Revised regulatory allowance for African investments can be a lucrative opportunity for pension funds, says Brett Mallen: Acting CEO, Sanlam Africa Investments
The 2017 African Economic Outlook predicts that Africa’s average growth is expected to reach 4.3% in 2018. The private equity (PE) and venture capital industry in Africa continues to witness strong performance across diverse sectors. Returns to investors are expected to remain strong with considerable growth in robust asset classes such as infrastructure, which provides stable, long-term cash flows. Despite the prevalence of lucrative deals, investors in Africa face high transaction costs stemming from unique risk factors, such as exposure to market volatility, as well as political and credit risk. The insurance and credit enhancement products required to offset these risks lead to higher transaction costs.
Environmental Social Governance (ESG) awareness must be spread through all industries, business sectors, and geographical regions if we are to achieve better qualitative development in those emerging markets that need it most. For Africa in particular, scrutinizing business activities for ethical behavior is particularly important, given the sensitive history of this region rich in natural resources. But in Africa and around the world, there is little doubt that the growing importance of ESG is a powerful and even irreversible trend.
Sustained commodity price growth and reduced costs are combining new technology trends with synchronised global growth to present Africa’s mining sector with the best prospects in over a decade.
In Africa today, local capital markets, domestic institutions and favourable demographics are converging. This is seeing many countries take control of their own investment and growth agendas.
The economy is expected to rebound in 2018 following a difficult 2017. Some of this rebound will trickle down to the Real Estate market but developers and property owners should not expect things to normalise immediately. In this instance, where should Real Estate Investors focus their attention in 2018? The year 2017 saw a significant reduction in consumer spending and both local and international investment. This slowdown was largely due to two factors: the prolonged presidential election, and a legislation driven slowdown in lending.
By Aditi Khimasia (pictured), Senior Associate, and Dominic Rebelo, Partner, Anjarwalla & Khanna
It seems 2017 flew by at a blinding speed. At the end of last year, we were wondering what a Trump presidency would look like. Now, the first year of Trump’s term in office is nearly behind us. Unexpected election outcomes left us reeling in 2016, and 2017 has certainly proven no less turbulent.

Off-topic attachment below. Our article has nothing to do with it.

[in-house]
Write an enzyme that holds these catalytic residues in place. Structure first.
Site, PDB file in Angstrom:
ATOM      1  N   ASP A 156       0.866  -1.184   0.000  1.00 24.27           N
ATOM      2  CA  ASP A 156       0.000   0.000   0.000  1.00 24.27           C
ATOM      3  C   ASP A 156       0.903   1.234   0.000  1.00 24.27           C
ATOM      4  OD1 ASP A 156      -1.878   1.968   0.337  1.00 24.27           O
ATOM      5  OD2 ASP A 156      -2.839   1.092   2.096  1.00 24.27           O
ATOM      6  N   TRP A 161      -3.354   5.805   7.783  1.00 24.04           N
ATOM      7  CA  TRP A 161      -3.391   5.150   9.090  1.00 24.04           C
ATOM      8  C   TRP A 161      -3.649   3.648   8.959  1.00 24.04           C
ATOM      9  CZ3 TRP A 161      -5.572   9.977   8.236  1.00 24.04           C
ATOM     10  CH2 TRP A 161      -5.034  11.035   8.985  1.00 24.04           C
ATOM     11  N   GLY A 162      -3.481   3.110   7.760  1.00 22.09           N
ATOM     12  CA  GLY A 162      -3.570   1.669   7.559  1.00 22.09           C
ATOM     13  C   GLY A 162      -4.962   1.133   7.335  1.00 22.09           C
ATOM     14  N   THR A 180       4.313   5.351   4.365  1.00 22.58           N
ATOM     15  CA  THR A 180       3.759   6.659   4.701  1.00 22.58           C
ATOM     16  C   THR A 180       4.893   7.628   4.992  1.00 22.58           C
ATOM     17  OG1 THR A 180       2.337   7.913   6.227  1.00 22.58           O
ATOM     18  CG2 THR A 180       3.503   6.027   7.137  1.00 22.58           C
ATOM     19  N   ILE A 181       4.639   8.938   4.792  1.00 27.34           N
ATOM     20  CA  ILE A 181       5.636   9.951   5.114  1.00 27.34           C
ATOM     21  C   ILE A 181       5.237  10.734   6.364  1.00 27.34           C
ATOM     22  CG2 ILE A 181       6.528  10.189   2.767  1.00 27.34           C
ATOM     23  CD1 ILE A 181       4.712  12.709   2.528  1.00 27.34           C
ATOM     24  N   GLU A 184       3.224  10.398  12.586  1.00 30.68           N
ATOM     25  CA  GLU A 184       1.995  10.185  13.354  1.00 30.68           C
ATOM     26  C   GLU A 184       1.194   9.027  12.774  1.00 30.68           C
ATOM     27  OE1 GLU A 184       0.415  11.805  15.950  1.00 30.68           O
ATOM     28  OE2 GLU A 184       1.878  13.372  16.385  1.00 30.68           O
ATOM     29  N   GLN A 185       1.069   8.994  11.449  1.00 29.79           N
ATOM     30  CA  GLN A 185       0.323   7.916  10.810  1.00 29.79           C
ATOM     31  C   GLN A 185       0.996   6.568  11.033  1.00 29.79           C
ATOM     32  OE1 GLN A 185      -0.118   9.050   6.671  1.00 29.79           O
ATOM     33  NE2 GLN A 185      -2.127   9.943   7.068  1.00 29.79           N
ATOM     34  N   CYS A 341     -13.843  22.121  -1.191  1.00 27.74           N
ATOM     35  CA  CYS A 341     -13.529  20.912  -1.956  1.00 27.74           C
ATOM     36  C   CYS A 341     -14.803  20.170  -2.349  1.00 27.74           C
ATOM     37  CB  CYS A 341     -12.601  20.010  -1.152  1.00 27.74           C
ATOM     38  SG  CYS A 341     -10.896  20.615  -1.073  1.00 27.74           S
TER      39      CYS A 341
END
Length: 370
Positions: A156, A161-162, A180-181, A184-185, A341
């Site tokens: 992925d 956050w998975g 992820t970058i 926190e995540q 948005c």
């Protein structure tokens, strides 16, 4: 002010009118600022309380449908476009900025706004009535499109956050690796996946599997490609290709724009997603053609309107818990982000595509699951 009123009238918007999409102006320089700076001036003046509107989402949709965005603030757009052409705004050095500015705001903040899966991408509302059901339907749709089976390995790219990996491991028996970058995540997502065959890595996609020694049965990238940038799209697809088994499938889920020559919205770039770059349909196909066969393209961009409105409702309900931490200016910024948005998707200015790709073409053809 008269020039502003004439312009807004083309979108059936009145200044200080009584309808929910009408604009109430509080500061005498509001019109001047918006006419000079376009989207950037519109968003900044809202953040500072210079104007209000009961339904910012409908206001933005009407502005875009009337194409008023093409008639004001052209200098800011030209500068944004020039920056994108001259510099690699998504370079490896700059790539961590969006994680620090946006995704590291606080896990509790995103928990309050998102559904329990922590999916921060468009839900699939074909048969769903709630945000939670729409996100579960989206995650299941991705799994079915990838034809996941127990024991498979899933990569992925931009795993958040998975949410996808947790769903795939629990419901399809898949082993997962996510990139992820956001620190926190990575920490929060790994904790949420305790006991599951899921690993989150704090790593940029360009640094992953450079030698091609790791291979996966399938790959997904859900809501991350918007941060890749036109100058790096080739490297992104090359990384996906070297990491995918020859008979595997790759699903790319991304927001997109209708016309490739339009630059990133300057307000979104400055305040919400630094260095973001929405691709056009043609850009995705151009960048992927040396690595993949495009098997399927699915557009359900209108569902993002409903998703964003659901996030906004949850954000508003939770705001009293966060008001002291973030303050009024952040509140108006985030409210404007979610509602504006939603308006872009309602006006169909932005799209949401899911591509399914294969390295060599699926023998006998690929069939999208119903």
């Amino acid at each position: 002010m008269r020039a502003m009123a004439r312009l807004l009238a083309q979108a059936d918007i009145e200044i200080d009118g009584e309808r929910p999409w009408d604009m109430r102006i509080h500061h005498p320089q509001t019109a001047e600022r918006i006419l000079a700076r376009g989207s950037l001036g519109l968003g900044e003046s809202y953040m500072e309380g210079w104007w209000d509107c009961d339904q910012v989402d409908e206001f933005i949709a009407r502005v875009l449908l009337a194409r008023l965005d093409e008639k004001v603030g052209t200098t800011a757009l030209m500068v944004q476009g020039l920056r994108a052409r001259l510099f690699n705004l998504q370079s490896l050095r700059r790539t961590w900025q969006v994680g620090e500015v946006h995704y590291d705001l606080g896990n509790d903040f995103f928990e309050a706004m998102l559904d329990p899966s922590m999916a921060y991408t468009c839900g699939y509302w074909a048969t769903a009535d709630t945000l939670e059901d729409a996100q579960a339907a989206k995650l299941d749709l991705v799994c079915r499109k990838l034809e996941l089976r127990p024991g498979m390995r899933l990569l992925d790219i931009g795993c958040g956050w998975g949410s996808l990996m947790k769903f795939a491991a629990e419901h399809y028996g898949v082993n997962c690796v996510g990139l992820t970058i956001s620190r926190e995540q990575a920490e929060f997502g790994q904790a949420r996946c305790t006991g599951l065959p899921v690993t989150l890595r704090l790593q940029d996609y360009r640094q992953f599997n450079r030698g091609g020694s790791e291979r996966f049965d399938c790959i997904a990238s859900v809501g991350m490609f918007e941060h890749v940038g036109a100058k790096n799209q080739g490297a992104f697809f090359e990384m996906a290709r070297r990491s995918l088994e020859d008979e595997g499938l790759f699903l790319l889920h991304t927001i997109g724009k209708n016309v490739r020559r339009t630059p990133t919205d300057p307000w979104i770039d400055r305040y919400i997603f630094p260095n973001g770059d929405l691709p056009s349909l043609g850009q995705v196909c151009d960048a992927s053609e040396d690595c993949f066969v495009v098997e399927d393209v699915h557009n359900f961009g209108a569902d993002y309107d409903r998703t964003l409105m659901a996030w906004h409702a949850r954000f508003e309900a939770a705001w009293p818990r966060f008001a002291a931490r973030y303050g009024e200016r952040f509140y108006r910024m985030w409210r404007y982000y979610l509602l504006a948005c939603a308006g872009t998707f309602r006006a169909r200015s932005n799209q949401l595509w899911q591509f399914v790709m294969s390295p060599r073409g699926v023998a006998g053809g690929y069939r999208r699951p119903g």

Blockchain refers to a distributed or decentralised public ledger or database of records of executed and shared digital events among participating parties. When persons transact in a blockchain system, a public record of all transactions is automatically generated and are visible to all participants which increase trust and reliability since participants can access the transactions from different nodes if one-point node fails. These transactions are verified by computers using sophisticated algorithms to confirm transfer of value and create a historical record of all activity which are impossible to change thus it contains an accurate and verifiable record of each and every transaction ever made which reduces opportunity for fraud.
Infrastructure as an asset class can provide a distinct addition to African pension and investment portfolios and is increasingly being considered.
Africa’s has the potential to become the next private equity hotspot. Merely looking at the energy infrastructure sector, “600 million Africans are not connected to the electricity and public investment will not be sufficient,” says Graham Sheward, Managing Director of SGG Mauritius.
When it comes to investing, the quote above from Albert Einstein is extremely apt; especially today, when many investors are concerned about where future returns will come from.
The recent ruling by the Supreme Court of Kenya to nullify the results of the presidential election caught Kenyans and the rest of the world off-guard. After a tension-filled election period most Kenyans were trying to settle into their normal routines amid calls by the international community that the election results of the August polls should be accepted.
In an industry-changing move, the amended Pension Fund Act regulations which came into effect on September 1, 2017, bring about welcomed reforms. But, implementation could pose challenges for trustee boards that are already grappling with limited governance bandwidth.